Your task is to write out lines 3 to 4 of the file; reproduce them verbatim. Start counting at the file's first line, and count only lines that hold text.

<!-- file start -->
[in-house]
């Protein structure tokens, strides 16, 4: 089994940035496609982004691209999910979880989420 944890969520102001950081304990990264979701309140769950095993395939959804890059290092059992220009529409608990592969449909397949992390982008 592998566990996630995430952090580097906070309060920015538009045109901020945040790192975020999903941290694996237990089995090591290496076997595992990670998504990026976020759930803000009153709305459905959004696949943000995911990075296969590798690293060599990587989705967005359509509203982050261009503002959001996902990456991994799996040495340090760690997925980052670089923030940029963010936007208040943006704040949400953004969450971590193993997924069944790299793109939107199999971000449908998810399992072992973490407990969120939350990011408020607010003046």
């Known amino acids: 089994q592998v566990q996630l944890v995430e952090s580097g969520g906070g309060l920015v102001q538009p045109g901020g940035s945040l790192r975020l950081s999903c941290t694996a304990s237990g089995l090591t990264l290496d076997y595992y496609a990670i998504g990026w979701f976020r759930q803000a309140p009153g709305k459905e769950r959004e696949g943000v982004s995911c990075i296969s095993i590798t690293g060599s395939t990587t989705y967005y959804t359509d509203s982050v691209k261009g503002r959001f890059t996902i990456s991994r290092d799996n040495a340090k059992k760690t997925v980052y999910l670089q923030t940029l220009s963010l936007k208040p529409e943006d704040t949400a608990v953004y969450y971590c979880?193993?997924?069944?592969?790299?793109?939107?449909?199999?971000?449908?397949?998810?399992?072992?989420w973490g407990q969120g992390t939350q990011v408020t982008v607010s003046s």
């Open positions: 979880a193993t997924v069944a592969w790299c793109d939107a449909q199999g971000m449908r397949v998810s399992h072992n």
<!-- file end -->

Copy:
């Known amino acids: 089994q592998v566990q996630l944890v995430e952090s580097g969520g906070g309060l920015v102001q538009p045109g901020g940035s945040l790192r975020l950081s999903c941290t694996a304990s237990g089995l090591t990264l290496d076997y595992y496609a990670i998504g990026w979701f976020r759930q803000a309140p009153g709305k459905e769950r959004e696949g943000v982004s995911c990075i296969s095993i590798t690293g060599s395939t990587t989705y967005y959804t359509d509203s982050v691209k261009g503002r959001f890059t996902i990456s991994r290092d799996n040495a340090k059992k760690t997925v980052y999910l670089q923030t940029l220009s963010l936007k208040p529409e943006d704040t949400a608990v953004y969450y971590c979880?193993?997924?069944?592969?790299?793109?939107?449909?199999?971000?449908?397949?998810?399992?072992?989420w973490g407990q969120g992390t939350q990011v408020t982008v607010s003046s």
């Open positions: 979880a193993t997924v069944a592969w790299c793109d939107a449909q199999g971000m449908r397949v998810s399992h072992n």